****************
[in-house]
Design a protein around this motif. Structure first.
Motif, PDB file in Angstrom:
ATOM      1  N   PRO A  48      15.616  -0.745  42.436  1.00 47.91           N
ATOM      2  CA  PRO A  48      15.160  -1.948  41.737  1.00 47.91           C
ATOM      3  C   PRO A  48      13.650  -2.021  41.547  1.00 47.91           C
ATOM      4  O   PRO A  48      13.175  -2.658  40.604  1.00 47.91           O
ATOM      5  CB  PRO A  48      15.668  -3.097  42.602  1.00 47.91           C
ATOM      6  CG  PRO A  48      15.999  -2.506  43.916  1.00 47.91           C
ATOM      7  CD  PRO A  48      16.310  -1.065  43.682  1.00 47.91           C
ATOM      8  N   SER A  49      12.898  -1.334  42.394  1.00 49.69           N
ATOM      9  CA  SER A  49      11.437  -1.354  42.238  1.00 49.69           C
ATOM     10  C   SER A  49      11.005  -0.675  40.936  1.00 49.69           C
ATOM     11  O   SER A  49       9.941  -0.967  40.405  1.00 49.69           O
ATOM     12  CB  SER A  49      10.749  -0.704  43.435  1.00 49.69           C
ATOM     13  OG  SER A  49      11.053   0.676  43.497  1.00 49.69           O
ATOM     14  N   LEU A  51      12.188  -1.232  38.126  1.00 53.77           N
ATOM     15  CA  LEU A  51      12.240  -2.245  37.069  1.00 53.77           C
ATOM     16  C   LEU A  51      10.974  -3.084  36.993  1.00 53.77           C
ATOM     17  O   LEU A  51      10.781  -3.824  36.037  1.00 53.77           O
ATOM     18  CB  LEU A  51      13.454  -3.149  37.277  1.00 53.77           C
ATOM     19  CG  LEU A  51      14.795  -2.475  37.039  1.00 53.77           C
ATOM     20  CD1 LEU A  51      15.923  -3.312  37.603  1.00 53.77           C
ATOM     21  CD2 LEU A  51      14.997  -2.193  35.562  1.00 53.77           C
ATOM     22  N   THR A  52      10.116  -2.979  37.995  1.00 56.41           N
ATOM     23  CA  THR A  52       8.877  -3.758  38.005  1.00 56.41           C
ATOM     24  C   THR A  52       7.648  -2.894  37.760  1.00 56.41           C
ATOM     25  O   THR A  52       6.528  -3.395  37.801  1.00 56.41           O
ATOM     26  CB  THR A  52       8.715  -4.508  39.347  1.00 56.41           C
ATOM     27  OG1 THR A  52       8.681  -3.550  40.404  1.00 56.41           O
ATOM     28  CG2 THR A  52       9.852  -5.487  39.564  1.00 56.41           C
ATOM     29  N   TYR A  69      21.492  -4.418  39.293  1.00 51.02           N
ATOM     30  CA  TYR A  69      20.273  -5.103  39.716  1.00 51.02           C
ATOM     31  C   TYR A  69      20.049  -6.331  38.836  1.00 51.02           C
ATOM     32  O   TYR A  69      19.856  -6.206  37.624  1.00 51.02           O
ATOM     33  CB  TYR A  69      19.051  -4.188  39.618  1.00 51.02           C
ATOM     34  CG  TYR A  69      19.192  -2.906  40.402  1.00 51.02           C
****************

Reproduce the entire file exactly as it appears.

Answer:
[in-house]
Design a protein around this motif. Structure first.
Motif, PDB file in Angstrom:
ATOM      1  N   PRO A  48      15.616  -0.745  42.436  1.00 47.91           N
ATOM      2  CA  PRO A  48      15.160  -1.948  41.737  1.00 47.91           C
ATOM      3  C   PRO A  48      13.650  -2.021  41.547  1.00 47.91           C
ATOM      4  O   PRO A  48      13.175  -2.658  40.604  1.00 47.91           O
ATOM      5  CB  PRO A  48      15.668  -3.097  42.602  1.00 47.91           C
ATOM      6  CG  PRO A  48      15.999  -2.506  43.916  1.00 47.91           C
ATOM      7  CD  PRO A  48      16.310  -1.065  43.682  1.00 47.91           C
ATOM      8  N   SER A  49      12.898  -1.334  42.394  1.00 49.69           N
ATOM      9  CA  SER A  49      11.437  -1.354  42.238  1.00 49.69           C
ATOM     10  C   SER A  49      11.005  -0.675  40.936  1.00 49.69           C
ATOM     11  O   SER A  49       9.941  -0.967  40.405  1.00 49.69           O
ATOM     12  CB  SER A  49      10.749  -0.704  43.435  1.00 49.69           C
ATOM     13  OG  SER A  49      11.053   0.676  43.497  1.00 49.69           O
ATOM     14  N   LEU A  51      12.188  -1.232  38.126  1.00 53.77           N
ATOM     15  CA  LEU A  51      12.240  -2.245  37.069  1.00 53.77           C
ATOM     16  C   LEU A  51      10.974  -3.084  36.993  1.00 53.77           C
ATOM     17  O   LEU A  51      10.781  -3.824  36.037  1.00 53.77           O
ATOM     18  CB  LEU A  51      13.454  -3.149  37.277  1.00 53.77           C
ATOM     19  CG  LEU A  51      14.795  -2.475  37.039  1.00 53.77           C
ATOM     20  CD1 LEU A  51      15.923  -3.312  37.603  1.00 53.77           C
ATOM     21  CD2 LEU A  51      14.997  -2.193  35.562  1.00 53.77           C
ATOM     22  N   THR A  52      10.116  -2.979  37.995  1.00 56.41           N
ATOM     23  CA  THR A  52       8.877  -3.758  38.005  1.00 56.41           C
ATOM     24  C   THR A  52       7.648  -2.894  37.760  1.00 56.41           C
ATOM     25  O   THR A  52       6.528  -3.395  37.801  1.00 56.41           O
ATOM     26  CB  THR A  52       8.715  -4.508  39.347  1.00 56.41           C
ATOM     27  OG1 THR A  52       8.681  -3.550  40.404  1.00 56.41           O
ATOM     28  CG2 THR A  52       9.852  -5.487  39.564  1.00 56.41           C
ATOM     29  N   TYR A  69      21.492  -4.418  39.293  1.00 51.02           N
ATOM     30  CA  TYR A  69      20.273  -5.103  39.716  1.00 51.02           C
ATOM     31  C   TYR A  69      20.049  -6.331  38.836  1.00 51.02           C
ATOM     32  O   TYR A  69      19.856  -6.206  37.624  1.00 51.02           O
ATOM     33  CB  TYR A  69      19.051  -4.188  39.618  1.00 51.02           C
ATOM     34  CG  TYR A  69      19.192  -2.906  40.402  1.00 51.02           C